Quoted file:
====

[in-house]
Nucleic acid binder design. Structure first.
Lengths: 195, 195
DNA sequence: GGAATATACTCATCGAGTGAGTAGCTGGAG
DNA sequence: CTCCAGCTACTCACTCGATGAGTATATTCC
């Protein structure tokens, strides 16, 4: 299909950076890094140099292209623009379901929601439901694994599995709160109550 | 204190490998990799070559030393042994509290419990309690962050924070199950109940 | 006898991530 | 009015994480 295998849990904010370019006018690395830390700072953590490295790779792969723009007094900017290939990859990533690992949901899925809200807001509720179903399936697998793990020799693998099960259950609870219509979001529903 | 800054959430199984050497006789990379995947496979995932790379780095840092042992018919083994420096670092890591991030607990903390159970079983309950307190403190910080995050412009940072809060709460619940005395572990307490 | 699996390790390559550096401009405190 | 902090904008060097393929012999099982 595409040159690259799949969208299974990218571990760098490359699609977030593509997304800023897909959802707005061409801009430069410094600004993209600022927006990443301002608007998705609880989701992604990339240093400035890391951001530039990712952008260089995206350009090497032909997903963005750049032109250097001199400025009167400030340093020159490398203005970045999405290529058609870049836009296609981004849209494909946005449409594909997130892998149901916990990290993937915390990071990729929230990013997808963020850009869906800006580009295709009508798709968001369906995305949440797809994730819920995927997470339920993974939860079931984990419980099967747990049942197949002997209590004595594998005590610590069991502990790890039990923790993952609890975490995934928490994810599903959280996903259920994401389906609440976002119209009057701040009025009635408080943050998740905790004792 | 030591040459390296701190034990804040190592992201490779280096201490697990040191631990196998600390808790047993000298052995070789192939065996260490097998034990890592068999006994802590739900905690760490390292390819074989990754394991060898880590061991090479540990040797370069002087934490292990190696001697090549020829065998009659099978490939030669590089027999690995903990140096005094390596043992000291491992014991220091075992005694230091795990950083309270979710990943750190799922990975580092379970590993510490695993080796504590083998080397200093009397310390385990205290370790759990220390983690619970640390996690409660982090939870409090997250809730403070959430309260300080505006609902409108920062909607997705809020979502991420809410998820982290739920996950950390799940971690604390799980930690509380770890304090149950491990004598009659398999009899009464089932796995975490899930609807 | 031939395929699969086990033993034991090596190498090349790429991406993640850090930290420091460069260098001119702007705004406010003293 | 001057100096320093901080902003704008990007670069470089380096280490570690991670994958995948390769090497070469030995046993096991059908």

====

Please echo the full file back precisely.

[in-house]
Nucleic acid binder design. Structure first.
Lengths: 195, 195
DNA sequence: GGAATATACTCATCGAGTGAGTAGCTGGAG
DNA sequence: CTCCAGCTACTCACTCGATGAGTATATTCC
């Protein structure tokens, strides 16, 4: 299909950076890094140099292209623009379901929601439901694994599995709160109550 | 204190490998990799070559030393042994509290419990309690962050924070199950109940 | 006898991530 | 009015994480 295998849990904010370019006018690395830390700072953590490295790779792969723009007094900017290939990859990533690992949901899925809200807001509720179903399936697998793990020799693998099960259950609870219509979001529903 | 800054959430199984050497006789990379995947496979995932790379780095840092042992018919083994420096670092890591991030607990903390159970079983309950307190403190910080995050412009940072809060709460619940005395572990307490 | 699996390790390559550096401009405190 | 902090904008060097393929012999099982 595409040159690259799949969208299974990218571990760098490359699609977030593509997304800023897909959802707005061409801009430069410094600004993209600022927006990443301002608007998705609880989701992604990339240093400035890391951001530039990712952008260089995206350009090497032909997903963005750049032109250097001199400025009167400030340093020159490398203005970045999405290529058609870049836009296609981004849209494909946005449409594909997130892998149901916990990290993937915390990071990729929230990013997808963020850009869906800006580009295709009508798709968001369906995305949440797809994730819920995927997470339920993974939860079931984990419980099967747990049942197949002997209590004595594998005590610590069991502990790890039990923790993952609890975490995934928490994810599903959280996903259920994401389906609440976002119209009057701040009025009635408080943050998740905790004792 | 030591040459390296701190034990804040190592992201490779280096201490697990040191631990196998600390808790047993000298052995070789192939065996260490097998034990890592068999006994802590739900905690760490390292390819074989990754394991060898880590061991090479540990040797370069002087934490292990190696001697090549020829065998009659099978490939030669590089027999690995903990140096005094390596043992000291491992014991220091075992005694230091795990950083309270979710990943750190799922990975580092379970590993510490695993080796504590083998080397200093009397310390385990205290370790759990220390983690619970640390996690409660982090939870409090997250809730403070959430309260300080505006609902409108920062909607997705809020979502991420809410998820982290739920996950950390799940971690604390799980930690509380770890304090149950491990004598009659398999009899009464089932796995975490899930609807 | 031939395929699969086990033993034991090596190498090349790429991406993640850090930290420091460069260098001119702007705004406010003293 | 001057100096320093901080902003704008990007670069470089380096280490570690991670994958995948390769090497070469030995046993096991059908």